THE Hungerford marina project will cover land roughly equivalent to six football pitches, new plans have revealed.
A planning application seeks permission to extend the footprint of the previously approved, 120-berth marina basin, and to include three residential flats in the development.
Another huge site has been set aside opposite to accommodate excavated soil.
A design and access statement by site owner Lakeland Leisure Estates Ltd, claims that the “permitted development and in particular, the size of the marina basin for the 120 permitted berths, is not functionally large enough”.
It estimates that to “build and operate a marina for 120 berths in a safe and feasible manner”, the basin needs to be extended by around 4,500m sq.
That would bring the main development site to around 4.5 hectares.
The application continues: “The moorings will be supported by an amenities building housing a reception area, toilets, showers, laundry facilities, café/restaurant and three residential flats.”
A marina project was first awarded planning permission in 2004 following a 12-year battle with campaigners opposed to such a development.
Then, the proposals included plans for a heritage museum and business units.
The current application dispenses with those but represents a greater footprint, plus new homes.
During discussions, West Berkshire Council planners insisted that Lakeland Leisure provided impact assessments.
An ecological survey detected the presence of otters and bats in the area and recommended measures to mitigate the development’s effects on them, and on any pollution to the waterway.
The required environmental impact assessment acknowledges that the adjacent Freeman’s Marsh represents a “great diversity of habitats including willow carr, scrub, woodland and open water which supports rich plant and animal communities... many of the plants found here are restricted to wet meadows and are becoming increasingly scarce in southern Britain with the loss of this type of habitat.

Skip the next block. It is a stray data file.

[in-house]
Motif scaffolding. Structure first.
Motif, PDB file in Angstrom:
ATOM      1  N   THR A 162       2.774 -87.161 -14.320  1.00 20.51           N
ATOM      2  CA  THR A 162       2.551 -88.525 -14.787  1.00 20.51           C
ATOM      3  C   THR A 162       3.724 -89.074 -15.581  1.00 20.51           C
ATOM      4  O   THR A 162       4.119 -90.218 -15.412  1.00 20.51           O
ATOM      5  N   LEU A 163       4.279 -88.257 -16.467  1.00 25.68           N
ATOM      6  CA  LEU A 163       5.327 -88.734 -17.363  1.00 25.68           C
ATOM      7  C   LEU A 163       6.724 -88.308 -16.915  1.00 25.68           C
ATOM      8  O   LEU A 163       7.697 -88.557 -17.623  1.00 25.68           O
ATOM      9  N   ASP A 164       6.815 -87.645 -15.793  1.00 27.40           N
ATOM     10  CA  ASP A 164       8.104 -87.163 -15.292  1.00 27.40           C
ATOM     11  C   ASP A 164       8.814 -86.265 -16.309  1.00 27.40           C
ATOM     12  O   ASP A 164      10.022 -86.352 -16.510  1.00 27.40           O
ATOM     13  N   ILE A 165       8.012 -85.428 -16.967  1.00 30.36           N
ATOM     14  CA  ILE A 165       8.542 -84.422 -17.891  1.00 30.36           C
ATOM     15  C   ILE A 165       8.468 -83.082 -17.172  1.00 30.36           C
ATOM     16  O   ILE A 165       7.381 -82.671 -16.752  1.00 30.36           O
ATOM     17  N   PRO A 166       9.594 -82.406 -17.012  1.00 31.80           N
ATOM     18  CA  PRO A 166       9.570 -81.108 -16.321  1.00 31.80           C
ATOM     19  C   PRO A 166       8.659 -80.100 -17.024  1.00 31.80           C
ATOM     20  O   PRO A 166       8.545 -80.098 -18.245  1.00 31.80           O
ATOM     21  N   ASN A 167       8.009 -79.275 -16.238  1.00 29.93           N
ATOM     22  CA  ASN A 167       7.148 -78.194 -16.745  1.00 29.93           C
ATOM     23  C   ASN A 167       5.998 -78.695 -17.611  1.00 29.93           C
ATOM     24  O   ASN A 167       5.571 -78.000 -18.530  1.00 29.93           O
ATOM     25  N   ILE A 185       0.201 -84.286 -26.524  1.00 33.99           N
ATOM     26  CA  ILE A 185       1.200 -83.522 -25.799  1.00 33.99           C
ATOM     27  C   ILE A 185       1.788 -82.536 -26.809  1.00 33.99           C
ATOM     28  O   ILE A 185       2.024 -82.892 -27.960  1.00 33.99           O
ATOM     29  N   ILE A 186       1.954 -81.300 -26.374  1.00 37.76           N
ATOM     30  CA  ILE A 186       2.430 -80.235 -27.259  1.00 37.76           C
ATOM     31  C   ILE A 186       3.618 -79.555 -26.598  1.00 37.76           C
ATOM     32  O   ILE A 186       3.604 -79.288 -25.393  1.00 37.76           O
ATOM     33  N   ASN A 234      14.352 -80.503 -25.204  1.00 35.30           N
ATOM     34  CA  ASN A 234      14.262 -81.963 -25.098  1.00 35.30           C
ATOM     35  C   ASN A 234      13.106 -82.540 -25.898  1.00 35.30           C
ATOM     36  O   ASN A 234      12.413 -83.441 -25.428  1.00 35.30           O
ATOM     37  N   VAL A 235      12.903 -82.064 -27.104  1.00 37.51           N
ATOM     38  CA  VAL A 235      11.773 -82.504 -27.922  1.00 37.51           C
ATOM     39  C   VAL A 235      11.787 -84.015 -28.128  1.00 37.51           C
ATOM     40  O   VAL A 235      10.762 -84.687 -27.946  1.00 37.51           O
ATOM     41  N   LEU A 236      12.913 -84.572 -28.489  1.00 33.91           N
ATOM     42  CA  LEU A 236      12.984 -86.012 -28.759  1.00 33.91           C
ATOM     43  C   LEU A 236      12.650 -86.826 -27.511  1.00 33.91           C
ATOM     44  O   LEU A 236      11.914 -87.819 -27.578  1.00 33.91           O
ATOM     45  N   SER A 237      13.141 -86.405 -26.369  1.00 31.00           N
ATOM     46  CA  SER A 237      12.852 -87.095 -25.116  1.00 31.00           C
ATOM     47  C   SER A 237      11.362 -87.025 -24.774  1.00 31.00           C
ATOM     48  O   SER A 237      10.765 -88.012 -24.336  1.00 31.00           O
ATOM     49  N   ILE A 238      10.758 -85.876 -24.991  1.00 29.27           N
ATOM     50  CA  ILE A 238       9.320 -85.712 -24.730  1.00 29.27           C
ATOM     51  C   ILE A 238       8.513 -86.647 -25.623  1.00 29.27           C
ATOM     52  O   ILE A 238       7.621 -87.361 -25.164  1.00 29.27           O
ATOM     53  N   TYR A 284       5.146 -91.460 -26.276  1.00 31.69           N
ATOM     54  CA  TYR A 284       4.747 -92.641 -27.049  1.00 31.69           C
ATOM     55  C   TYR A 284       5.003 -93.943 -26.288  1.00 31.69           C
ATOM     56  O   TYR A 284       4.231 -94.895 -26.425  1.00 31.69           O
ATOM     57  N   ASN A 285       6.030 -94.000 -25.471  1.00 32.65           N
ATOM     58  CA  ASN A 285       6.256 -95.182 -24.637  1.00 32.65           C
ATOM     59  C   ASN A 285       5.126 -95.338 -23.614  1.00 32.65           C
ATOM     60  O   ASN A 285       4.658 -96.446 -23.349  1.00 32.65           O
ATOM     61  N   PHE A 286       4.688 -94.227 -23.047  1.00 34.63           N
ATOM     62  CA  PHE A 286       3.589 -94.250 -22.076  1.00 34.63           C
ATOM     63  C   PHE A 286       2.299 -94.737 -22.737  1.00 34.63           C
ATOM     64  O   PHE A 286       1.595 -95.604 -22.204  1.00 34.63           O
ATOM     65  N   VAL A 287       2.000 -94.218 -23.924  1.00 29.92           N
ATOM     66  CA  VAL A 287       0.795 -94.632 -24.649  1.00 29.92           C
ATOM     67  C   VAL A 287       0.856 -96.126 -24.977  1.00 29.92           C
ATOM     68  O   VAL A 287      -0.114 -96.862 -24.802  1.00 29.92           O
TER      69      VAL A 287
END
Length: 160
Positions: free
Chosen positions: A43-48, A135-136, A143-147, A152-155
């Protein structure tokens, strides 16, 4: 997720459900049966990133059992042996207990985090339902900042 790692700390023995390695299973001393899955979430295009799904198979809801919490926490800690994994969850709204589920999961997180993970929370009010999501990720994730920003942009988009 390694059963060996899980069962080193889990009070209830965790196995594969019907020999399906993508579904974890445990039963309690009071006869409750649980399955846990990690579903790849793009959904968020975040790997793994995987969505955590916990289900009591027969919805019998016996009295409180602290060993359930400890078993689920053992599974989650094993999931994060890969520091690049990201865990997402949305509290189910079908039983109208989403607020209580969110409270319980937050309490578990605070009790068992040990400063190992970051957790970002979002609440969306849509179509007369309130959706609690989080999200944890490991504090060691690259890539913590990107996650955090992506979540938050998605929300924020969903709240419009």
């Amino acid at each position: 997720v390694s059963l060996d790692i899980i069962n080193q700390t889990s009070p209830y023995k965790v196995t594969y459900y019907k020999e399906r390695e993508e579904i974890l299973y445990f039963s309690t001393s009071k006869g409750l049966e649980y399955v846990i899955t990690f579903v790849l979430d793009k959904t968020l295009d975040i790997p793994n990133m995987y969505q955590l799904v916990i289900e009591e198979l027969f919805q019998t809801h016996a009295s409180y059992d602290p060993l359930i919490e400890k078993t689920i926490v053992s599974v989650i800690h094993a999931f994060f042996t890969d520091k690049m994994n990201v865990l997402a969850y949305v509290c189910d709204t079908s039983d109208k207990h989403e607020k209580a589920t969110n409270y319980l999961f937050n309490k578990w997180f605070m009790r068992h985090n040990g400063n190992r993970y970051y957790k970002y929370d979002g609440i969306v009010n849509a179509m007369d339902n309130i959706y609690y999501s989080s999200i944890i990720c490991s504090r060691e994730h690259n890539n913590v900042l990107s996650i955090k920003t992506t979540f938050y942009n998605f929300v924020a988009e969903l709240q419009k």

“Freeman’s Marsh is an important site for breeding, wintering and passage birds.”
In addition, the report adds, nearby Chilton Foliat Meadows comprises a “complex of wet habitats unusual in Wiltshire... the site supports a diverse flora and a variety of birds, the meadows being one of the most important areas in the county for breeding waders”.
In addition, the assessment highlights potential changes in water quality from increased canal usage and an increase in bank erosion from increased boat traffic.
The report concludes that mitigation measures will be necessary to prevent damage to the surrounding flora and fauna.
The developer has carried out consultations with Natural England, the Canal and Rivers Trust, Hungerford Town Council, the North Wessex Downs Area of Outstanding Natural Beauty (AONB) group, the Town and Manor of Hungerford and the Hungerford Chamber of Commerce.
Some residents have expressed fears that the flats associated with the project could set a precedent for future residential development at or near the site.
Supporters of the development hope that it could boost the town’s falling footfall.
The plans can be viewed in the entirety, and commented upon, by visiting West Berkshire Council website’s planning section and using the reference 15/02312/ COMIND